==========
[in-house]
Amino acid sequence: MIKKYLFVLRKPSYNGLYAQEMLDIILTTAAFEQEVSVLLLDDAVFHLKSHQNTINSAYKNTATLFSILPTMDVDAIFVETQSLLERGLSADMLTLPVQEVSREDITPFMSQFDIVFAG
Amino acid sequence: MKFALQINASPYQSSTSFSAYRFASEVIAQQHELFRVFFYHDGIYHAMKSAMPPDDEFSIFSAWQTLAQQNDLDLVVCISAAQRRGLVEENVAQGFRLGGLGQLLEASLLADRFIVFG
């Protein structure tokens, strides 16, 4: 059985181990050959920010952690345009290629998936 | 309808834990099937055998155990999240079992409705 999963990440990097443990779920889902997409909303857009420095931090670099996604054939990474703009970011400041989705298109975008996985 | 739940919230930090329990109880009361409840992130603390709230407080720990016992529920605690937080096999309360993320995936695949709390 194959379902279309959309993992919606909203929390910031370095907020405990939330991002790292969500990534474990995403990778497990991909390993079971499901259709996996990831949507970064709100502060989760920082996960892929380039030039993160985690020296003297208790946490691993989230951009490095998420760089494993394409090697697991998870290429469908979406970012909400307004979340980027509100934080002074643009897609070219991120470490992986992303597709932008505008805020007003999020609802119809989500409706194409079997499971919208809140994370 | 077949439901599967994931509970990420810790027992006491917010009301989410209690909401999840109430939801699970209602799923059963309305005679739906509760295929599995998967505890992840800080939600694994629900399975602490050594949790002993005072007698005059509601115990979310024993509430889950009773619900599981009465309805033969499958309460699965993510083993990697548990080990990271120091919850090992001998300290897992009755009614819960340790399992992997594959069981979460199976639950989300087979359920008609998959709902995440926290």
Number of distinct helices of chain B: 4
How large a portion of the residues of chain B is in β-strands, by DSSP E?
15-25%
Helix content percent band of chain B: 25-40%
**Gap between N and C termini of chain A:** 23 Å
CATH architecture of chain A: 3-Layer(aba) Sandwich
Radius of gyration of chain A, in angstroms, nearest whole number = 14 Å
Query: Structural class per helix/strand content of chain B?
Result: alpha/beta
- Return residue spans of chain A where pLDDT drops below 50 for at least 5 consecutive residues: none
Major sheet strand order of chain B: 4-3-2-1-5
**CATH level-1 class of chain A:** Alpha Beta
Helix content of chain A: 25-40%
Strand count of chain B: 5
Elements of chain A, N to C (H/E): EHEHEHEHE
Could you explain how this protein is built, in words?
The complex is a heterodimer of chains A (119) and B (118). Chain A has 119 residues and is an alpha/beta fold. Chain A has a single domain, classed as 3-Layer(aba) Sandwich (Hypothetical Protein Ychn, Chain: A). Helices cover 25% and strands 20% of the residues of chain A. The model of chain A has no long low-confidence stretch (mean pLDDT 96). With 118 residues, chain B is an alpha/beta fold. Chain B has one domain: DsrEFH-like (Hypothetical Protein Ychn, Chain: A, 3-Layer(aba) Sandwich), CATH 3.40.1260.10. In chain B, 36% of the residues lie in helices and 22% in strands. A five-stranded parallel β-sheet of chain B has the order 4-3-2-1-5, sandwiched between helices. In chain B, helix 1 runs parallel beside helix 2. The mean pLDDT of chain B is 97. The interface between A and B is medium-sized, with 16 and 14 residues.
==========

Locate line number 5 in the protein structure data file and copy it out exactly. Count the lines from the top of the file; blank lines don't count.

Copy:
Number of distinct helices of chain B: 4